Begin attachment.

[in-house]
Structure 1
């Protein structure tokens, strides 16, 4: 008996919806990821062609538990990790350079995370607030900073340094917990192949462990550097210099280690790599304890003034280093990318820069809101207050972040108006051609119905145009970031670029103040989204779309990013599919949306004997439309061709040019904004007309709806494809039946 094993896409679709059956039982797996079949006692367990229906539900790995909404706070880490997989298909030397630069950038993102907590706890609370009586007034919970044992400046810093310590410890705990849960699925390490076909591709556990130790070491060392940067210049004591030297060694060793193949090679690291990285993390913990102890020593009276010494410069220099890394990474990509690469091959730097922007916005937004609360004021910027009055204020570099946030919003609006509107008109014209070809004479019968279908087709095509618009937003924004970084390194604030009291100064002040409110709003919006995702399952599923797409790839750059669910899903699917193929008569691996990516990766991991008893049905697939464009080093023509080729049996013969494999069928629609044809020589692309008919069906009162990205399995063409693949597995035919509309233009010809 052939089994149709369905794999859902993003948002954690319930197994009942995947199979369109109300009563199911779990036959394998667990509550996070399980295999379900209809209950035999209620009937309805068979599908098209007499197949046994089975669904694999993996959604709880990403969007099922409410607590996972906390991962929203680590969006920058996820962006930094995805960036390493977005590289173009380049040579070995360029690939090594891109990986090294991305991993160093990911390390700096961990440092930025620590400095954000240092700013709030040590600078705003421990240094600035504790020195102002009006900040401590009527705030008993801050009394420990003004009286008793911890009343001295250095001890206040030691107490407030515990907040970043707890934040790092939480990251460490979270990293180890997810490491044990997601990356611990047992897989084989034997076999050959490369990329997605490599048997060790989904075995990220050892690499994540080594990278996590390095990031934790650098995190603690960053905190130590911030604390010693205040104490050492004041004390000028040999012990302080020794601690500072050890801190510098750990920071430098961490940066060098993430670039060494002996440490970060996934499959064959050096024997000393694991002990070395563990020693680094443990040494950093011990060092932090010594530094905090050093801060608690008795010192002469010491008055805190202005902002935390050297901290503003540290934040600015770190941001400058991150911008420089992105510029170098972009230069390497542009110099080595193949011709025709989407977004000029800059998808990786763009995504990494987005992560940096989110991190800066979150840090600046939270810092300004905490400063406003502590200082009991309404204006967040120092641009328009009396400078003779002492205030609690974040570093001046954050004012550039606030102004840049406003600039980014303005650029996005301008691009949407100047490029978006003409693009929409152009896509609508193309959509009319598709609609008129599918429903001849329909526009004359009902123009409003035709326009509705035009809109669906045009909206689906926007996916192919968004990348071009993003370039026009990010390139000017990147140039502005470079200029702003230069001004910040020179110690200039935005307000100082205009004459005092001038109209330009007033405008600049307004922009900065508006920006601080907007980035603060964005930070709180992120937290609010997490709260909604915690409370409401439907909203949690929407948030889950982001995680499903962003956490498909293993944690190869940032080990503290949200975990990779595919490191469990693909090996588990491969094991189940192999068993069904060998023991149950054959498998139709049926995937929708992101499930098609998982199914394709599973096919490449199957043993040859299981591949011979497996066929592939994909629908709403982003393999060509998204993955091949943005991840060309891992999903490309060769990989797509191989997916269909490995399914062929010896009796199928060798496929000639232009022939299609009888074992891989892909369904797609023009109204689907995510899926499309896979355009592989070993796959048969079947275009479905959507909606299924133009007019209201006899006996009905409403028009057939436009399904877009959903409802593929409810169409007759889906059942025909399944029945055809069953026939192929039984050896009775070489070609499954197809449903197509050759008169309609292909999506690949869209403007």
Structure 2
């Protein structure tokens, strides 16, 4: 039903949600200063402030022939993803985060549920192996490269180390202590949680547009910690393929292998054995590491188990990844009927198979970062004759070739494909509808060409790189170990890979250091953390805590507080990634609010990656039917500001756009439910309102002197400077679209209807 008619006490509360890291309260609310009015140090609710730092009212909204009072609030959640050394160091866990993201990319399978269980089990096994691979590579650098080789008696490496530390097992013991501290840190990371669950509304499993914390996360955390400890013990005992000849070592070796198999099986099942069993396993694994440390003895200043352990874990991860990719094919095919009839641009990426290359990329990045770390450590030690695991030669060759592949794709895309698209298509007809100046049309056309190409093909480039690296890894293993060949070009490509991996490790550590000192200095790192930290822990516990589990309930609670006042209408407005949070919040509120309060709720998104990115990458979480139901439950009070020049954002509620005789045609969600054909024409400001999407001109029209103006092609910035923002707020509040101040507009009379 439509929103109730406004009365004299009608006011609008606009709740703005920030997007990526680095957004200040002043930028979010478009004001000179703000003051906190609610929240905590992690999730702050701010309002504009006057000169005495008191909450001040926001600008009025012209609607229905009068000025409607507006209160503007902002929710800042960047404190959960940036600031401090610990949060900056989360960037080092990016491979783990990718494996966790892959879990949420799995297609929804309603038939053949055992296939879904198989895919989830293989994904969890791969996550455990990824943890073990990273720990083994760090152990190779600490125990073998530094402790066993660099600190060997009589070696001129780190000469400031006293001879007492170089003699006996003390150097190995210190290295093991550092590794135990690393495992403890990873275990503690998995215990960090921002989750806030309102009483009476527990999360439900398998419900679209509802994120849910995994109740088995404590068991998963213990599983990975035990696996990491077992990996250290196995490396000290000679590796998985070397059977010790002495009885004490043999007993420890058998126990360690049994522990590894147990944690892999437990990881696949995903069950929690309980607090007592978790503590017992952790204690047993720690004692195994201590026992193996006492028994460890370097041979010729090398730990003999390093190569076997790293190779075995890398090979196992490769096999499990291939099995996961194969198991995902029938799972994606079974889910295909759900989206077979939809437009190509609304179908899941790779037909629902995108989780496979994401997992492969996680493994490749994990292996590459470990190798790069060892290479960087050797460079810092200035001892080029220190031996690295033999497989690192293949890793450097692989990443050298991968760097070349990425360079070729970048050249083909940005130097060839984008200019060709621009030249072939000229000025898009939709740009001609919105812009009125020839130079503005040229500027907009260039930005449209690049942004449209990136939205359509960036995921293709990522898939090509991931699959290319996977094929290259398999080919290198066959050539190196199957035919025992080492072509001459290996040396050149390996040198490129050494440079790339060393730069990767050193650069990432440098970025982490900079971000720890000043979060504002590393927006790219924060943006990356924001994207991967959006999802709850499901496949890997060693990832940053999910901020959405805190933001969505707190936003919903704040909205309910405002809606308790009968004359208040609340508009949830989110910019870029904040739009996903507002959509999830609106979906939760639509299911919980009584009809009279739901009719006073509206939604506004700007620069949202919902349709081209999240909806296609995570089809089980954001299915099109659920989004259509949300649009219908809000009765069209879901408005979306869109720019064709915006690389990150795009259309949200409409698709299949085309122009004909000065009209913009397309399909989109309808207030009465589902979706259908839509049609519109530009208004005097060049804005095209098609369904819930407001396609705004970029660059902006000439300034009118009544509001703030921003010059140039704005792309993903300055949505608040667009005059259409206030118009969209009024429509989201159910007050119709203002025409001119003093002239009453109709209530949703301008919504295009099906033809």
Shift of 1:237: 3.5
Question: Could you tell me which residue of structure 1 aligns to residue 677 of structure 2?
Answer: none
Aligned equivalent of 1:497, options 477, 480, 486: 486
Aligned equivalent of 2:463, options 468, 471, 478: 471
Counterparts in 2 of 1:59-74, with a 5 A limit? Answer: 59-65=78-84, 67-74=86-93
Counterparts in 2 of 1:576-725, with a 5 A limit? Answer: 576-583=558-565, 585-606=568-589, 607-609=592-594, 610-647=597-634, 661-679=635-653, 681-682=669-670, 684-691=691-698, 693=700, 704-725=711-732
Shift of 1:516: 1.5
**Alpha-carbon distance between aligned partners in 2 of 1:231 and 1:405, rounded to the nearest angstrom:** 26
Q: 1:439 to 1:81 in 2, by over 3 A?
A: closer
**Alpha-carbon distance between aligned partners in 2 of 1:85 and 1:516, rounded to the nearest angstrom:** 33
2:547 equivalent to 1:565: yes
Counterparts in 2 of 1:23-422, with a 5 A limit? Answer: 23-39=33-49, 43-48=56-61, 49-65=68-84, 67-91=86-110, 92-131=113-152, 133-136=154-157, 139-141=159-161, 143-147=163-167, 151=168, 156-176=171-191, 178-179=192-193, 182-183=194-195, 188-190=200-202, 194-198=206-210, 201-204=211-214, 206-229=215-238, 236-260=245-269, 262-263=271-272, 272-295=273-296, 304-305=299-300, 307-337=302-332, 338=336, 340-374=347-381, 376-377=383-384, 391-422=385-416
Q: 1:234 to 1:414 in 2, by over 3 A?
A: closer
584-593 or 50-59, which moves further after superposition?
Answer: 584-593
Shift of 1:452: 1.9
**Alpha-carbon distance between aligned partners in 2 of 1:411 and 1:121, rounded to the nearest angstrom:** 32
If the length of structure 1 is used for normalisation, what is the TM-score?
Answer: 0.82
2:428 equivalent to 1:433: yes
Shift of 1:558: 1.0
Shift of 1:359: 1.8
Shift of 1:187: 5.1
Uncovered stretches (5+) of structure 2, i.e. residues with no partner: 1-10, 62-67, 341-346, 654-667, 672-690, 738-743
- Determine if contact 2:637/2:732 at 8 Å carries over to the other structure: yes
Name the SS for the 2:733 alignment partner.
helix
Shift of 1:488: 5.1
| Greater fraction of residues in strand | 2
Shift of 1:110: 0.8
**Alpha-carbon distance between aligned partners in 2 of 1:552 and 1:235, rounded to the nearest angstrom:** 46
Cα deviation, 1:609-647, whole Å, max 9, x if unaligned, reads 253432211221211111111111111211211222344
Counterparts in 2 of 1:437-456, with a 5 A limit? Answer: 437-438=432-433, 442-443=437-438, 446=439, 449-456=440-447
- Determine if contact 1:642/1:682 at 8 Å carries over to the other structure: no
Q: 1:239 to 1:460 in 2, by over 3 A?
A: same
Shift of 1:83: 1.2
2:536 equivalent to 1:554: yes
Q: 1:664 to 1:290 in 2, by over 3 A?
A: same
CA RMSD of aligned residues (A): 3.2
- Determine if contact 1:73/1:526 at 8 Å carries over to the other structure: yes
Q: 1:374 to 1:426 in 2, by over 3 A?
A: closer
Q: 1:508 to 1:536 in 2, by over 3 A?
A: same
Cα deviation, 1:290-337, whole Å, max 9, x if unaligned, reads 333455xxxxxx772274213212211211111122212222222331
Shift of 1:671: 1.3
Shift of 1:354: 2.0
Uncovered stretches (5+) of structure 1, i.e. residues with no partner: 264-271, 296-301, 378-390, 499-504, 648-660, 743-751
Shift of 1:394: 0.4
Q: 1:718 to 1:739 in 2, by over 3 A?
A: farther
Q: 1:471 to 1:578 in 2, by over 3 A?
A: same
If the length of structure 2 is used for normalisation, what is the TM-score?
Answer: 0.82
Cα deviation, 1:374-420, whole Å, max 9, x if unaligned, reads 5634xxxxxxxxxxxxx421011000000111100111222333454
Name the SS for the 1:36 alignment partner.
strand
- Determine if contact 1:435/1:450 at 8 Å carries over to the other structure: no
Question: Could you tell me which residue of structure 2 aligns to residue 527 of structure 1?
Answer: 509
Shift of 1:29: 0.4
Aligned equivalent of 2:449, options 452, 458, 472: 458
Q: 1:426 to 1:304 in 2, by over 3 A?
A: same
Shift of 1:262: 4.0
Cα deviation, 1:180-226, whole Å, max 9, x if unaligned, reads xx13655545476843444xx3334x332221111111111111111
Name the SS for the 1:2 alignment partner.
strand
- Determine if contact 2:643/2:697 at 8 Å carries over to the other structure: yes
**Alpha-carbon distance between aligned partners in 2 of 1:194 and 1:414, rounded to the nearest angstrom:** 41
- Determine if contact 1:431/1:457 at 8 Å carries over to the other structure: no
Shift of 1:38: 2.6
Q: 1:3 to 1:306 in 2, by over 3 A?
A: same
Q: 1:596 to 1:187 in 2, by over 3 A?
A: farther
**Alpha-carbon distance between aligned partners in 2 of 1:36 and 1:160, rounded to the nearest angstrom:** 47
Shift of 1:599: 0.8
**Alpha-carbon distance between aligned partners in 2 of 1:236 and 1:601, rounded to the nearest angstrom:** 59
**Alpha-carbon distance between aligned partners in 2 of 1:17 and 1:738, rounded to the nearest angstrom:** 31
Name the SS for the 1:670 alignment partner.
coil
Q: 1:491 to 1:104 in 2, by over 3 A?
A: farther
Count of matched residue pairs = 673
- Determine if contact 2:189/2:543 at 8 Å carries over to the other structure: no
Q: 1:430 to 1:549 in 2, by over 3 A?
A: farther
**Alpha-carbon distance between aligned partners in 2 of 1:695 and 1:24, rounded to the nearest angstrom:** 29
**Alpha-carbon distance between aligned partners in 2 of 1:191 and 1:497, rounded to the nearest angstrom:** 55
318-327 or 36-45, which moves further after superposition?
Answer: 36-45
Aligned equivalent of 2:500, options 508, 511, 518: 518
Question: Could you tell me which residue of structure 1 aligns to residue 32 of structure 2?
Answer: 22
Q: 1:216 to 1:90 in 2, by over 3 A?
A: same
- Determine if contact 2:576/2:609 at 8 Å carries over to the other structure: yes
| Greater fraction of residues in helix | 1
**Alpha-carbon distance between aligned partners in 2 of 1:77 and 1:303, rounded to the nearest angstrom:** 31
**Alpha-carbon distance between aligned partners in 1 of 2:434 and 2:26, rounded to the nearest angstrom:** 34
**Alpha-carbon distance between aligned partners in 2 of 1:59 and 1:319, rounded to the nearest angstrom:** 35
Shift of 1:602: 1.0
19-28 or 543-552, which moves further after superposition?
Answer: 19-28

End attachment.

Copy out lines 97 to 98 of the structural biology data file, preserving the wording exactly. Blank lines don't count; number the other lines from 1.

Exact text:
- Determine if contact 2:189/2:543 at 8 Å carries over to the other structure: no
Q: 1:430 to 1:549 in 2, by over 3 A?